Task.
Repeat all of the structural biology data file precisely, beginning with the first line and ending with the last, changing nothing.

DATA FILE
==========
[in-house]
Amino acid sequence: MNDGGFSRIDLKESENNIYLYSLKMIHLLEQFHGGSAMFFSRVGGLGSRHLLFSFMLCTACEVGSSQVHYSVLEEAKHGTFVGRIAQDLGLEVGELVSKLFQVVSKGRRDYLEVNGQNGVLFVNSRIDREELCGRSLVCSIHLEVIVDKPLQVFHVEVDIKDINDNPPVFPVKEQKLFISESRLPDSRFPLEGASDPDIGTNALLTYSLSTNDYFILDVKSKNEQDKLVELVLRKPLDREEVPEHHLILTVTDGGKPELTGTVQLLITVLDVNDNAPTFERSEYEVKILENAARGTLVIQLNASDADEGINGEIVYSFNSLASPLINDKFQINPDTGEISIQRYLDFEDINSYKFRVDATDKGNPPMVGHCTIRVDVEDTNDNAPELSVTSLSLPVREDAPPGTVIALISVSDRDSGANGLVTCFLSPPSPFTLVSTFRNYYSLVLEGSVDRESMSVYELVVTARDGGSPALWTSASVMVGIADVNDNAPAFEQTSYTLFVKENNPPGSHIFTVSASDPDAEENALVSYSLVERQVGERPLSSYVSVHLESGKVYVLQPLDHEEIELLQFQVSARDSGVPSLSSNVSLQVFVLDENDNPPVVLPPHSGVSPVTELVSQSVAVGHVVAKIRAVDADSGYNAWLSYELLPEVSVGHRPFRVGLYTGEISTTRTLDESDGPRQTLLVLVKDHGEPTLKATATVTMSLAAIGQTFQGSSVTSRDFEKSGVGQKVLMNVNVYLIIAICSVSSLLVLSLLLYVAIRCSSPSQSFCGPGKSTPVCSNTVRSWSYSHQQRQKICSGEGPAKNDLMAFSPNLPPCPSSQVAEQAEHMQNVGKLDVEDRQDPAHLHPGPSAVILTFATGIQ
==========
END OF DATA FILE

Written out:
[in-house]
Amino acid sequence: MNDGGFSRIDLKESENNIYLYSLKMIHLLEQFHGGSAMFFSRVGGLGSRHLLFSFMLCTACEVGSSQVHYSVLEEAKHGTFVGRIAQDLGLEVGELVSKLFQVVSKGRRDYLEVNGQNGVLFVNSRIDREELCGRSLVCSIHLEVIVDKPLQVFHVEVDIKDINDNPPVFPVKEQKLFISESRLPDSRFPLEGASDPDIGTNALLTYSLSTNDYFILDVKSKNEQDKLVELVLRKPLDREEVPEHHLILTVTDGGKPELTGTVQLLITVLDVNDNAPTFERSEYEVKILENAARGTLVIQLNASDADEGINGEIVYSFNSLASPLINDKFQINPDTGEISIQRYLDFEDINSYKFRVDATDKGNPPMVGHCTIRVDVEDTNDNAPELSVTSLSLPVREDAPPGTVIALISVSDRDSGANGLVTCFLSPPSPFTLVSTFRNYYSLVLEGSVDRESMSVYELVVTARDGGSPALWTSASVMVGIADVNDNAPAFEQTSYTLFVKENNPPGSHIFTVSASDPDAEENALVSYSLVERQVGERPLSSYVSVHLESGKVYVLQPLDHEEIELLQFQVSARDSGVPSLSSNVSLQVFVLDENDNPPVVLPPHSGVSPVTELVSQSVAVGHVVAKIRAVDADSGYNAWLSYELLPEVSVGHRPFRVGLYTGEISTTRTLDESDGPRQTLLVLVKDHGEPTLKATATVTMSLAAIGQTFQGSSVTSRDFEKSGVGQKVLMNVNVYLIIAICSVSSLLVLSLLLYVAIRCSSPSQSFCGPGKSTPVCSNTVRSWSYSHQQRQKICSGEGPAKNDLMAFSPNLPPCPSSQVAEQAEHMQNVGKLDVEDRQDPAHLHPGPSAVILTFATGIQ